While the primary mode of action of TCAs was thought to be inhibition of NE reuptake, a reassessment of the actions of the diverse antihistamines on the reuptake of various biogenic amines, especially 5HT, led to the hypothesis that an increase in brain noradrenergic function caused the energizing and motor stimulating effects of the TCAs, but that an increase in 5HT function was responsible for their mood-elevating effects.42 Structural analogs of diphenhydramine were sought as novel antidepressants. The phenoxyphenylpropylamine pharmacophore was used to identify fluoxetine (1), the first SSRI.33 The phenomenal success of fluoxetine (1) as an antidepressant led to the identification of other SSRIs, e.g., paroxetine (2), citalopram (34), fluvoxamine (3), and sertraline (35).
Most SSRIs are aryl or aryloxalkylamines. Within this chemical genus, fluoxetine (1), citalopram (34), and zimelidine (36) are racemates, and sertraline and paroxetine are separate enantiomers. The (S)-enantiomers of citalopram (escitalopram) and of fluoxetine (norfluoxetine) are relatively more potent at SERT (Table 9). Structure-activity relationships (SARs) are not well established for SSRIs, although the para-CF3 substituent of fluoxetine is critical for potency as removal and substitution at the ortho-position of a methoxy group yields nisoxetine (37), a highly selective NE uptake (NET) inhibitor.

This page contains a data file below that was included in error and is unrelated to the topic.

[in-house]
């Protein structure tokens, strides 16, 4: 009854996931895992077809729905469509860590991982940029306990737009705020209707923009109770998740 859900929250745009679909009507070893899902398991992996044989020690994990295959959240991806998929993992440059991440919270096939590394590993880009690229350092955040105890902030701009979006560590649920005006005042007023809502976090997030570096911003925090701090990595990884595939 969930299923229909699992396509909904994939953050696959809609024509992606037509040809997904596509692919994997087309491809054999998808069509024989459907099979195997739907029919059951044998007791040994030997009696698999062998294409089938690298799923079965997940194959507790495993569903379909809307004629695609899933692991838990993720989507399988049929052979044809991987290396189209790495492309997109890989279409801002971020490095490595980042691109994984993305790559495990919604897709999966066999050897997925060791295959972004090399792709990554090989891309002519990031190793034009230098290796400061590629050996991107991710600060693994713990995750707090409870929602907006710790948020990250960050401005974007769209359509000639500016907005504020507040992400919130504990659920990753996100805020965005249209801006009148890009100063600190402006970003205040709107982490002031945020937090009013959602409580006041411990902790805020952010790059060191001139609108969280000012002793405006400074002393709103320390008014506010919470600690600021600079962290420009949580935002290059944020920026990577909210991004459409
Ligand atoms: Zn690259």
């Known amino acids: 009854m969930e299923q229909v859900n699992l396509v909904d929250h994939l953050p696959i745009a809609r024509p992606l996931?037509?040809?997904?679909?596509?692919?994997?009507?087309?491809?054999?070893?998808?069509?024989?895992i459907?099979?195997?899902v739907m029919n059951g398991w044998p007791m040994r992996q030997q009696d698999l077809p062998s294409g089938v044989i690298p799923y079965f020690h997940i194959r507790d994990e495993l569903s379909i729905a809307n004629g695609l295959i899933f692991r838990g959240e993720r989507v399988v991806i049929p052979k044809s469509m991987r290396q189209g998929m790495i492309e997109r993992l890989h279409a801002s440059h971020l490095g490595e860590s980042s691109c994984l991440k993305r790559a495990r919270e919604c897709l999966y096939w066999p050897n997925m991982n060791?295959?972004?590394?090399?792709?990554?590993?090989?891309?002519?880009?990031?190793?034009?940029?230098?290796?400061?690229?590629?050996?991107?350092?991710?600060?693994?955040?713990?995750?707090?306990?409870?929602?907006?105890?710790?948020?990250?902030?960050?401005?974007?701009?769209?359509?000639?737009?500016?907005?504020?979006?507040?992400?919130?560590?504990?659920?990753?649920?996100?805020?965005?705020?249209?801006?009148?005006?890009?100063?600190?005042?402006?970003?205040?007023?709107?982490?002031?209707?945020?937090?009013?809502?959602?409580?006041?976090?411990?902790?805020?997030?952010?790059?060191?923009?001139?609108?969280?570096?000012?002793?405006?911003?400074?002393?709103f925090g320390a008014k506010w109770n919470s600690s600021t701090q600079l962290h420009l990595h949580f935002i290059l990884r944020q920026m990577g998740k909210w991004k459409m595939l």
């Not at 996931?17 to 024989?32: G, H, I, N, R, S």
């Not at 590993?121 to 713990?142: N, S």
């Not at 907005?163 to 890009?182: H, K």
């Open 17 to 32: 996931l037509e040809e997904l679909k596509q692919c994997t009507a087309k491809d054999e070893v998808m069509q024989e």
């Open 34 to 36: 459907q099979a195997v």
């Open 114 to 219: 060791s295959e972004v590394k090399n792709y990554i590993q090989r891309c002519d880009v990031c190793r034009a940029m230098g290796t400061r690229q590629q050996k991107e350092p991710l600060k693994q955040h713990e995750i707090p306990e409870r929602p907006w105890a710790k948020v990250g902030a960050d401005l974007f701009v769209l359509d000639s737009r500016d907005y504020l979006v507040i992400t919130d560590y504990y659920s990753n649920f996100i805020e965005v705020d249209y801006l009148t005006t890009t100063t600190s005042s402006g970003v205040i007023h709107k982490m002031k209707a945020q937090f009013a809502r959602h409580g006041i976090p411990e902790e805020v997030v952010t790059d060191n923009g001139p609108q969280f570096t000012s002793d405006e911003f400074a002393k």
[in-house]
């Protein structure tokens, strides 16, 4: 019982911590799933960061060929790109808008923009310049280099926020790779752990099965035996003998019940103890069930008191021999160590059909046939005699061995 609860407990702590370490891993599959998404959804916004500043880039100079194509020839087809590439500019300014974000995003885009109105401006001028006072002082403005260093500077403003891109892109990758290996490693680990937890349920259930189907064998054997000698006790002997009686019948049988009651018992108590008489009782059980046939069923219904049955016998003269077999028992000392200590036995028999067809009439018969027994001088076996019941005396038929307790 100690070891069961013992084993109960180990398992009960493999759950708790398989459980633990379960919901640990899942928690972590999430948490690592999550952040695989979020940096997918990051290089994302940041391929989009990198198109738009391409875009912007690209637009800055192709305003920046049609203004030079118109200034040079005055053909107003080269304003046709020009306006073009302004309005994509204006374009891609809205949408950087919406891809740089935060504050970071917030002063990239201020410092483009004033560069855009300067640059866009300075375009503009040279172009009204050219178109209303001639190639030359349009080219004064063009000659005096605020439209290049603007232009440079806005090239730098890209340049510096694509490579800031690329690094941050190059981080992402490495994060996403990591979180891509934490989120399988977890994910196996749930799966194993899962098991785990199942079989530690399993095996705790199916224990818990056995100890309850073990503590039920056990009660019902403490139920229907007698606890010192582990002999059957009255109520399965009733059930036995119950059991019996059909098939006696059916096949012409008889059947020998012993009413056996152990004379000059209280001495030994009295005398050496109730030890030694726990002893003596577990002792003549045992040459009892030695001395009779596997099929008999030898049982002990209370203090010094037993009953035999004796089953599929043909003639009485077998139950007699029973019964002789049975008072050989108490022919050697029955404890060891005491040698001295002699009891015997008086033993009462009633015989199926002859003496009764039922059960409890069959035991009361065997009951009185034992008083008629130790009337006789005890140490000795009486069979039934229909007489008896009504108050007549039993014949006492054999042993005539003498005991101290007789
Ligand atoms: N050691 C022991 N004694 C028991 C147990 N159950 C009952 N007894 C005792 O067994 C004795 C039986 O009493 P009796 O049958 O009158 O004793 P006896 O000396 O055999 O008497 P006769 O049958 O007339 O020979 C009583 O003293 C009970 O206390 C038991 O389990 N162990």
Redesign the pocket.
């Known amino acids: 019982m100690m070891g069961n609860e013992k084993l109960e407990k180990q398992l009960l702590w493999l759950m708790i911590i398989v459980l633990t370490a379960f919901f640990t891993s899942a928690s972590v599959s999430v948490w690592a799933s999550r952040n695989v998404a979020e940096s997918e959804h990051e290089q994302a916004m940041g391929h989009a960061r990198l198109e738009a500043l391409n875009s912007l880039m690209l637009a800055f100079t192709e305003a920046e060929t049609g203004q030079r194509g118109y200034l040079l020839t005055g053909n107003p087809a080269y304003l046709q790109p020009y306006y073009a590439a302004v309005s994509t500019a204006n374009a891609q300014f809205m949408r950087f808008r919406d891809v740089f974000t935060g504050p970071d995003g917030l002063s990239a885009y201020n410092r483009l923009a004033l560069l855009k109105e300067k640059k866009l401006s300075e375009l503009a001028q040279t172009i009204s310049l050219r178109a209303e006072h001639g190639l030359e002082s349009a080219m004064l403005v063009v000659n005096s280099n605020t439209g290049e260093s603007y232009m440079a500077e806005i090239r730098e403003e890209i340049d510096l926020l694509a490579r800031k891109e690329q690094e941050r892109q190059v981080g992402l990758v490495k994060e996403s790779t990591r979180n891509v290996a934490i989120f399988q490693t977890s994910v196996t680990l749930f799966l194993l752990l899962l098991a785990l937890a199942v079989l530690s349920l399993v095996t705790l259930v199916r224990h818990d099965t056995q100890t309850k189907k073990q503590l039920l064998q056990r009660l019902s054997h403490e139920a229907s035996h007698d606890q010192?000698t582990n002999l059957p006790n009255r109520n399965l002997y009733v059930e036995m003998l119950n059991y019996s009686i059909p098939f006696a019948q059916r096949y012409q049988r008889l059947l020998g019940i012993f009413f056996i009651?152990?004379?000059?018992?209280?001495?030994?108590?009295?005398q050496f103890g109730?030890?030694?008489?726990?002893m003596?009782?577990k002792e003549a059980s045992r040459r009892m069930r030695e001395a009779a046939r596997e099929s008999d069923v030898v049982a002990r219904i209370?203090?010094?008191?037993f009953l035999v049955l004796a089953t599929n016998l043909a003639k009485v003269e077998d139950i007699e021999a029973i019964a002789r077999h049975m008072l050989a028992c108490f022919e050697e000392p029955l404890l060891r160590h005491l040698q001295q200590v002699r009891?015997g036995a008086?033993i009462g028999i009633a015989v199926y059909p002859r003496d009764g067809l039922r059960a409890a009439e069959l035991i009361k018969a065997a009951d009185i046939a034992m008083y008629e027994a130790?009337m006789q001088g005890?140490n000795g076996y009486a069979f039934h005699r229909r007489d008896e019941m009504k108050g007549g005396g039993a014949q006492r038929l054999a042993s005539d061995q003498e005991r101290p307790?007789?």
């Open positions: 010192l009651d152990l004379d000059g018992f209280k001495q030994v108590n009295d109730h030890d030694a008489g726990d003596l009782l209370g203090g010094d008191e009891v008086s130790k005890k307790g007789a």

The potency for SERT inhibition varies amongst this group, as does the selectivity for 5HT relative to NE and DA reuptake inhibition. The relative potency of sertraline for DA reuptake inhibition differentiates it from other SSRIs (Table 9). Affinity for neurotransmitter receptors such as sigma1, muscarinic, and 5HT2C also differs widely (Table 7). Furthermore, the inhibition of nitric oxide synthetase by paroxetine, and possibly other SSRIs, may have significant pharmacodynamic effects. Fluoxetine has a long-acting and pharmacologically active metabolite, with high affinity for the
5HT2C receptor. Other important clinical differences among the SSRIs include differences in their half-lives, linear versus nonlinear PK, effect of patient age on their clearance, and their potential to inhibit drug metabolizing CYP isoenzymes. These differences underly the increasingly apparent important clinical differences among the SSRIs (Table 8).
Of the very limited comparative clinical data available, a meta-analysis of 20 short-term comparative studies of five SSRIs (citalopram, fluoxetine, fluvoxamine, paroxetine, and sertraline) showed no difference in efficacy between individual compounds but a slower onset of action of fluoxetine. The most common adverse reactions to the SSRIs, according to FDA and MHRA websites, were gastrointestinal (especially nausea) and neuropsychiatric (particularly headache, tremor, discontinuation reactions, and sexual dysfunction; Table 7).
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